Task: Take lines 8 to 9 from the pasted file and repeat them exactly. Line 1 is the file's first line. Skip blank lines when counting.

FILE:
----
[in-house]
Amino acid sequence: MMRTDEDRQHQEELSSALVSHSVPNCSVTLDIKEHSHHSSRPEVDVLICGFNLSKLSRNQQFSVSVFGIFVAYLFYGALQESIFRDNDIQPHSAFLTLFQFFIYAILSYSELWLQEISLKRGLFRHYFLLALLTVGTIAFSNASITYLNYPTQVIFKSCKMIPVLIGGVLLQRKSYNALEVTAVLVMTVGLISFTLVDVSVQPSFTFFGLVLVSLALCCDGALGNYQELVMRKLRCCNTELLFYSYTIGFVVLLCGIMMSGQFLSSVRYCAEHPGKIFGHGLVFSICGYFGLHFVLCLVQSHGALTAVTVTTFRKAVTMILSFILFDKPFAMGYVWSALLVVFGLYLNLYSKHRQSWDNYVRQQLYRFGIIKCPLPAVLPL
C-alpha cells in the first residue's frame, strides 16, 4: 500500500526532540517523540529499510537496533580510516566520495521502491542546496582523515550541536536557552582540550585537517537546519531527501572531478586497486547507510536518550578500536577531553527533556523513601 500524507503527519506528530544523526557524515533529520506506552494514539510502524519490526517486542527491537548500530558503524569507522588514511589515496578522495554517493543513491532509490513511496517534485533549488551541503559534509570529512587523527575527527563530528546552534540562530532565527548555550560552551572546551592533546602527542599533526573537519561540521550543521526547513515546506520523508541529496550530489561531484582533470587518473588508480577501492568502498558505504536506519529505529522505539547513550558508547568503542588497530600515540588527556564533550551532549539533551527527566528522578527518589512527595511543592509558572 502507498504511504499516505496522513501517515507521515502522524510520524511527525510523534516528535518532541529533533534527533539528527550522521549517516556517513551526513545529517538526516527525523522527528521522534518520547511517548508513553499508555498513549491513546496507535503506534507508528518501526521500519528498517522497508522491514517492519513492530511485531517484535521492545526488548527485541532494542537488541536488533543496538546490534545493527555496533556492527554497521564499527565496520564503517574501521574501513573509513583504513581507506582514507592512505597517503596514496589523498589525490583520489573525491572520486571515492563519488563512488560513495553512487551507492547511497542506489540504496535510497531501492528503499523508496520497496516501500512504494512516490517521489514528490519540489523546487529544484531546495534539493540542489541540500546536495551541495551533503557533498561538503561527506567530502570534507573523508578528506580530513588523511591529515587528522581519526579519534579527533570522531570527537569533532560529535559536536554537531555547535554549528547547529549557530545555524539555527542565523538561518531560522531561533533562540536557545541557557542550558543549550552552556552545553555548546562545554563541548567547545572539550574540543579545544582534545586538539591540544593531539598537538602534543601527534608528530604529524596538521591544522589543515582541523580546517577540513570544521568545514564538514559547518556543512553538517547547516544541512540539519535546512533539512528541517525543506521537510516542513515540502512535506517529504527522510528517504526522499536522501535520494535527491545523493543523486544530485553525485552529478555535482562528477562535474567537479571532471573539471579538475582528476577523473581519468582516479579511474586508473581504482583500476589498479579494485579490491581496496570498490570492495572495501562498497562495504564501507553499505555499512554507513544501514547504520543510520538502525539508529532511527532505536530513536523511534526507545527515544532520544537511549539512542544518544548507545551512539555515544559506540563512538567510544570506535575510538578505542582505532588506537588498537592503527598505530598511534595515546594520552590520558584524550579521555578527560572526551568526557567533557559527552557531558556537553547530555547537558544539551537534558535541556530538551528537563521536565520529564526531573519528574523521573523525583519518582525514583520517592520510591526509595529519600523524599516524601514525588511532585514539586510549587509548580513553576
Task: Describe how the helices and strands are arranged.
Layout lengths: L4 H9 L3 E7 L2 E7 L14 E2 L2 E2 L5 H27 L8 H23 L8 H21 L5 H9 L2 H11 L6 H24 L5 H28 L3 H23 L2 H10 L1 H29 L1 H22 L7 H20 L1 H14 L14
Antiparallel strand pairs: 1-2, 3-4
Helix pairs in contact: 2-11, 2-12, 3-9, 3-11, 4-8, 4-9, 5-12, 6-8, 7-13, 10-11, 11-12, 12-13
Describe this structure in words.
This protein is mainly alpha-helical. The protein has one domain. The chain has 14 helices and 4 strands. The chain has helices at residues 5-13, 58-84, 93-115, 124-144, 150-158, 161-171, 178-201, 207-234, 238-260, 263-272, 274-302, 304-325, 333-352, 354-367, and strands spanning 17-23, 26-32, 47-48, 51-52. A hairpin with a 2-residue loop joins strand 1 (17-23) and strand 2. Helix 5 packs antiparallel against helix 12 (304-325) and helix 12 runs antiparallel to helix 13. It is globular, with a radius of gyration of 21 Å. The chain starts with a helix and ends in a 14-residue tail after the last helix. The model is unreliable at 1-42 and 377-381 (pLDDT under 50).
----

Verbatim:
Describe this structure in words.
This protein is mainly alpha-helical. The protein has one domain. The chain has 14 helices and 4 strands. The chain has helices at residues 5-13, 58-84, 93-115, 124-144, 150-158, 161-171, 178-201, 207-234, 238-260, 263-272, 274-302, 304-325, 333-352, 354-367, and strands spanning 17-23, 26-32, 47-48, 51-52. A hairpin with a 2-residue loop joins strand 1 (17-23) and strand 2. Helix 5 packs antiparallel against helix 12 (304-325) and helix 12 runs antiparallel to helix 13. It is globular, with a radius of gyration of 21 Å. The chain starts with a helix and ends in a 14-residue tail after the last helix. The model is unreliable at 1-42 and 377-381 (pLDDT under 50).